Many years ago anyone with half-a-titter-of-wit realised that the configuration of education in Northern Ireland was restricting the possibility of restoring fractured community relations. With the exception of the wilfully ignorant, no one has seriously argued that those children who attend separated schools in a segregated system are being adequately prepared for future engagement in an inclusive, egalitarian, peaceful society. Finally, these simple truths seem also to be dawning on our politicians. The New Decade New Approach agreement that brought …

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ESRC Virtual Festival – Beyond the Touchline: Grassroots football and radical politics…

Football has always been political. Its widespread global following and the deep dedication of fans make it a platform through which socio-political issues play out. As philosopher – and avid football fan – Jacques Derrida once claimed: “Beyond the touchline, there is nothing.” In other words, the social, economic, political and cultural events of the wider world manifest in the stadium and through the game, its players and fans. Recent times have seen high profile examples of this, including Marcus …

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ESRC Virtual Festival – Music Creators’ Earnings in the Streaming Age…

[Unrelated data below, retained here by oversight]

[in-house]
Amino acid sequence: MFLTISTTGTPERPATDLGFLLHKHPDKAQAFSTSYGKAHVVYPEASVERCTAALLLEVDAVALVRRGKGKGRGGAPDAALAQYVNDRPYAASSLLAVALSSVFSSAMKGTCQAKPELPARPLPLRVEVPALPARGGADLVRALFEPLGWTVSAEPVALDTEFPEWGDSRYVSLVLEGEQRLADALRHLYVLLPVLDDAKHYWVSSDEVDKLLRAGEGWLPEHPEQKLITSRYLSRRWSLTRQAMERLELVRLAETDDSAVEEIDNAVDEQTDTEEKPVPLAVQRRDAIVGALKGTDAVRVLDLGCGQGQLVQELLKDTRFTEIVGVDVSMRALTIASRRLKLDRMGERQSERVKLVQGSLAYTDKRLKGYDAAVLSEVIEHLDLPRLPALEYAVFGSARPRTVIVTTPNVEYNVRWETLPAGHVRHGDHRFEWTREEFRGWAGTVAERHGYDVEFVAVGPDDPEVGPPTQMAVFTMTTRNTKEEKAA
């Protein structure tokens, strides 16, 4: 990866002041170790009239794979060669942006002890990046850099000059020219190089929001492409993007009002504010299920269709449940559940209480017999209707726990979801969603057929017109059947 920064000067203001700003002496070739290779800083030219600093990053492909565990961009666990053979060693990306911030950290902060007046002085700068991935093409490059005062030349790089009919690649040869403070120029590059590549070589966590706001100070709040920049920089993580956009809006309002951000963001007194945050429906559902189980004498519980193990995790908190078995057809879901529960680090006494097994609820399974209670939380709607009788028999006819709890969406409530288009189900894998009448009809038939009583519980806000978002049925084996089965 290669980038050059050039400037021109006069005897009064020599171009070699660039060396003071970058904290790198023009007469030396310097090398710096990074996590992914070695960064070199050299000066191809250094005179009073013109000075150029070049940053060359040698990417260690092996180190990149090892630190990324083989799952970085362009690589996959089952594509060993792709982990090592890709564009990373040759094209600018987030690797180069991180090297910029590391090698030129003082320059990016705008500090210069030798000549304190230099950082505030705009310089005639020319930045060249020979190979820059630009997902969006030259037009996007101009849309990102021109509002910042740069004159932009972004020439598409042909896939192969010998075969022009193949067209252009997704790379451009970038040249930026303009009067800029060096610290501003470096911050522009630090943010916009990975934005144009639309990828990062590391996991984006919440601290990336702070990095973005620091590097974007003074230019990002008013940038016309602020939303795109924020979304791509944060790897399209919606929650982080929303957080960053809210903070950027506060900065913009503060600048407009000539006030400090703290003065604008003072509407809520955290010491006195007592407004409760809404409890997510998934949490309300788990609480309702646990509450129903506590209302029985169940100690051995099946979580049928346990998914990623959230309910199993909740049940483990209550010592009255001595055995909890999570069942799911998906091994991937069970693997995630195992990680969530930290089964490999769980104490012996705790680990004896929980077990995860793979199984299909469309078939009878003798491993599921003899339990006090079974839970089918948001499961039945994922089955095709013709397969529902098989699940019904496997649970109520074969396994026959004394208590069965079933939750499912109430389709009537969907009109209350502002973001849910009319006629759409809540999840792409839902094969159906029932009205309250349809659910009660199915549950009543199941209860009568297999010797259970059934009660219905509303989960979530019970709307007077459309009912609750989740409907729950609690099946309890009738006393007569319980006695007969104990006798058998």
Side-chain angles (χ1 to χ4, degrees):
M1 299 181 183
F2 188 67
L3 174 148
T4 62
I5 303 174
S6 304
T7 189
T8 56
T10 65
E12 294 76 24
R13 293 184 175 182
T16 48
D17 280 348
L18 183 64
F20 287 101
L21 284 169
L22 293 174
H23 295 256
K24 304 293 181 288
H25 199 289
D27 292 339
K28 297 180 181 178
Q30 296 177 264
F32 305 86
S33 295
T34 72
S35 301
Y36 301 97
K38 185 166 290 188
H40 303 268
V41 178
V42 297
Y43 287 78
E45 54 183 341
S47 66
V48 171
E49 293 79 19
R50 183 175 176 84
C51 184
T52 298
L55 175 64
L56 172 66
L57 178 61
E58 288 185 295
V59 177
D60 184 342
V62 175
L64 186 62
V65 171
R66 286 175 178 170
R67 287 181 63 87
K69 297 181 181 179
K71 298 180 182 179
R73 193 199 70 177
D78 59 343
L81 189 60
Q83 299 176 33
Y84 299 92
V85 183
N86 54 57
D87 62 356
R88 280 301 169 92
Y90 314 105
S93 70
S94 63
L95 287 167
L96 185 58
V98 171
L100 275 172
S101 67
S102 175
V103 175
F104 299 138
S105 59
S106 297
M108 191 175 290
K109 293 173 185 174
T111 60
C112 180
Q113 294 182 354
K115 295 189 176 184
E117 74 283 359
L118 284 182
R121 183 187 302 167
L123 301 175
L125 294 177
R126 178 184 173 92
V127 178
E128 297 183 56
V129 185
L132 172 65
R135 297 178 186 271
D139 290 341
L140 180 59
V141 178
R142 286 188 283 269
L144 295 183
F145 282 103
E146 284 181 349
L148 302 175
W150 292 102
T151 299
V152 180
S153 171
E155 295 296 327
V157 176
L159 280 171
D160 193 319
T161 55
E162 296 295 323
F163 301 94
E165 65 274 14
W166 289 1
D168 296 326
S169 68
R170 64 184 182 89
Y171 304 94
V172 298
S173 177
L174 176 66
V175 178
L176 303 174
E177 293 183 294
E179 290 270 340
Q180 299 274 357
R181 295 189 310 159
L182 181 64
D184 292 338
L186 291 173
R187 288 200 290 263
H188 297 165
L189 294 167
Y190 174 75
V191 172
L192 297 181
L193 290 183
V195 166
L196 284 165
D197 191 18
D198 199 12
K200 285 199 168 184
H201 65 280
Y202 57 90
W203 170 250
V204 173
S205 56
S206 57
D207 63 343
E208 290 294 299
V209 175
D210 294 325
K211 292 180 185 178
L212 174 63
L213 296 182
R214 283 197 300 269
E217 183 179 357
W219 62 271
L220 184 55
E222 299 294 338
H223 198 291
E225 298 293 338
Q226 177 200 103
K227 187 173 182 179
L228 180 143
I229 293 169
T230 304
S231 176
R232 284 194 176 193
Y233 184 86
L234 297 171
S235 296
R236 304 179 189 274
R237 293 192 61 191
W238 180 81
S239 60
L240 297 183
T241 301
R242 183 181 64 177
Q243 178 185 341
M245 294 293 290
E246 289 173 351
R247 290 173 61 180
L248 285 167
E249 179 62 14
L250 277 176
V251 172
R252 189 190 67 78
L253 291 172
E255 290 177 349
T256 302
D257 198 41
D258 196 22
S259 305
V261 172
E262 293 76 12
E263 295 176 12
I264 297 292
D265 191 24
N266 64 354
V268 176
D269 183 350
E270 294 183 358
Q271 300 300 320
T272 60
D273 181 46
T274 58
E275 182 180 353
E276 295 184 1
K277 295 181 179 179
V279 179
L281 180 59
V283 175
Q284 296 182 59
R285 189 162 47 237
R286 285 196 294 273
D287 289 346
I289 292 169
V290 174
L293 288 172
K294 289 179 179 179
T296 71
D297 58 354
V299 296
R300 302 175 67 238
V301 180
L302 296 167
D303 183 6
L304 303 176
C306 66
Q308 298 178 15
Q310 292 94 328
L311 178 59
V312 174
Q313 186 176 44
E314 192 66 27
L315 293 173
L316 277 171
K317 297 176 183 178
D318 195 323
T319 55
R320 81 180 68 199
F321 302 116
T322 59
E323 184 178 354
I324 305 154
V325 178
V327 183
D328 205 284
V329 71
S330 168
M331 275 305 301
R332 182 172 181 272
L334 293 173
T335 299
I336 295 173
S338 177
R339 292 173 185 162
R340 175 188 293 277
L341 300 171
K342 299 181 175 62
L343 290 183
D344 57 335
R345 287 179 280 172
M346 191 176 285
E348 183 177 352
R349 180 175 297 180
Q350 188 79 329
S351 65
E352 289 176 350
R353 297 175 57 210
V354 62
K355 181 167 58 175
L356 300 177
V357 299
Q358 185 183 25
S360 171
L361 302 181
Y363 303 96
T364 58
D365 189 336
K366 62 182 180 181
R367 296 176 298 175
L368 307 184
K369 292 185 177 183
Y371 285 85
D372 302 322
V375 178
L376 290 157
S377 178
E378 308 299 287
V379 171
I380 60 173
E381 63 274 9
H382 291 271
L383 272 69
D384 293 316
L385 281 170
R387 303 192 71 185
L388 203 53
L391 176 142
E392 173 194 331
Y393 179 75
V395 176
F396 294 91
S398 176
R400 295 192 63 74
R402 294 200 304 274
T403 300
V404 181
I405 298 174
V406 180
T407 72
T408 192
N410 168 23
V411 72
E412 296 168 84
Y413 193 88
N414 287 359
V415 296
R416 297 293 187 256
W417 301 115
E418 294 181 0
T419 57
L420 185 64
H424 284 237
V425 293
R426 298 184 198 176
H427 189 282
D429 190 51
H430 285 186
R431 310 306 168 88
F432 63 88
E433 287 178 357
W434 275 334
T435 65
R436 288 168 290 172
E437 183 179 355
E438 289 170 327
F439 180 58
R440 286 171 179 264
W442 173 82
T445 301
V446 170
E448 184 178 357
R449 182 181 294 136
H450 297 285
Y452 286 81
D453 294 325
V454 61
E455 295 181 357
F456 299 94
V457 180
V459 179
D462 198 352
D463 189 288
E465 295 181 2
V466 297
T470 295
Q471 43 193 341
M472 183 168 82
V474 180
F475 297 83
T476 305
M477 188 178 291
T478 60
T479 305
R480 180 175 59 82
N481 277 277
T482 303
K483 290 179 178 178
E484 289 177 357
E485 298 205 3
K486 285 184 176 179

Music makes a significant contribution to the UK economy and to the perception of the UK globally. As of 2019, UK music contributes £5.2 billion to the UK economy and is the world’s second biggest market. But what is the music business without creators? Music creators are vital to the future of our cultural experience and the cultural economy, and so it is important to understand how they are financially rewarded, and the extent to which it is possible to …

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ESRC Virtual Festival – The social power of language: mansplaining…

The neologism “mansplaining” generally describes a sexist behaviour whereby a man explains something to a woman in a patronising way, something which she already knows. The term was coined over a decade ago and since then it has sparked numerous debates about what is and what isn’t mansplaining. Some forms of sexist behaviour are relatively clear to spot and call out, like gendered adverts featuring women using cleaning products or cooking for their families, or institutionalised forms of sexism whereby …